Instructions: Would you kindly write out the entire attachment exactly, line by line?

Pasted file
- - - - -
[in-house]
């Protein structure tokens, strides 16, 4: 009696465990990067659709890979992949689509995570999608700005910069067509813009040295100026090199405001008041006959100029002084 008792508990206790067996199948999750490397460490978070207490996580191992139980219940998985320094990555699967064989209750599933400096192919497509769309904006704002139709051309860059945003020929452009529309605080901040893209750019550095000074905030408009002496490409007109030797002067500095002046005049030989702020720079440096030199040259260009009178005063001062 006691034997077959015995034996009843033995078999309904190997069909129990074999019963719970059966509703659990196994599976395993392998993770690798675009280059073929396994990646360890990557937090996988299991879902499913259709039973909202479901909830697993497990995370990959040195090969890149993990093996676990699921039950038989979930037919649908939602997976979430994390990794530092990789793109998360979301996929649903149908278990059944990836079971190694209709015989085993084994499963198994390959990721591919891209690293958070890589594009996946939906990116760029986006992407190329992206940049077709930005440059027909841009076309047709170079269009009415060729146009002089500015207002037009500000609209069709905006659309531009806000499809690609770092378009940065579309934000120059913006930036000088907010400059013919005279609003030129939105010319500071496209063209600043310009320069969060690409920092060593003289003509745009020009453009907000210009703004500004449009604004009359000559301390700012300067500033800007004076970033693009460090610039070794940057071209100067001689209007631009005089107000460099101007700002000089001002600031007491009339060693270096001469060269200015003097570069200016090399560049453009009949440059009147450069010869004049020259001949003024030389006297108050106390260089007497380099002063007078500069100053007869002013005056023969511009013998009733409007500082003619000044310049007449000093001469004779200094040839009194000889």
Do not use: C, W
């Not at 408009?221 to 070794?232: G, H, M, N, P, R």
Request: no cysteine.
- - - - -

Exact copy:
[in-house]
């Protein structure tokens, strides 16, 4: 009696465990990067659709890979992949689509995570999608700005910069067509813009040295100026090199405001008041006959100029002084 008792508990206790067996199948999750490397460490978070207490996580191992139980219940998985320094990555699967064989209750599933400096192919497509769309904006704002139709051309860059945003020929452009529309605080901040893209750019550095000074905030408009002496490409007109030797002067500095002046005049030989702020720079440096030199040259260009009178005063001062 006691034997077959015995034996009843033995078999309904190997069909129990074999019963719970059966509703659990196994599976395993392998993770690798675009280059073929396994990646360890990557937090996988299991879902499913259709039973909202479901909830697993497990995370990959040195090969890149993990093996676990699921039950038989979930037919649908939602997976979430994390990794530092990789793109998360979301996929649903149908278990059944990836079971190694209709015989085993084994499963198994390959990721591919891209690293958070890589594009996946939906990116760029986006992407190329992206940049077709930005440059027909841009076309047709170079269009009415060729146009002089500015207002037009500000609209069709905006659309531009806000499809690609770092378009940065579309934000120059913006930036000088907010400059013919005279609003030129939105010319500071496209063209600043310009320069969060690409920092060593003289003509745009020009453009907000210009703004500004449009604004009359000559301390700012300067500033800007004076970033693009460090610039070794940057071209100067001689209007631009005089107000460099101007700002000089001002600031007491009339060693270096001469060269200015003097570069200016090399560049453009009949440059009147450069010869004049020259001949003024030389006297108050106390260089007497380099002063007078500069100053007869002013005056023969511009013998009733409007500082003619000044310049007449000093001469004779200094040839009194000889």
Do not use: C, W
């Not at 408009?221 to 070794?232: G, H, M, N, P, R």
Request: no cysteine.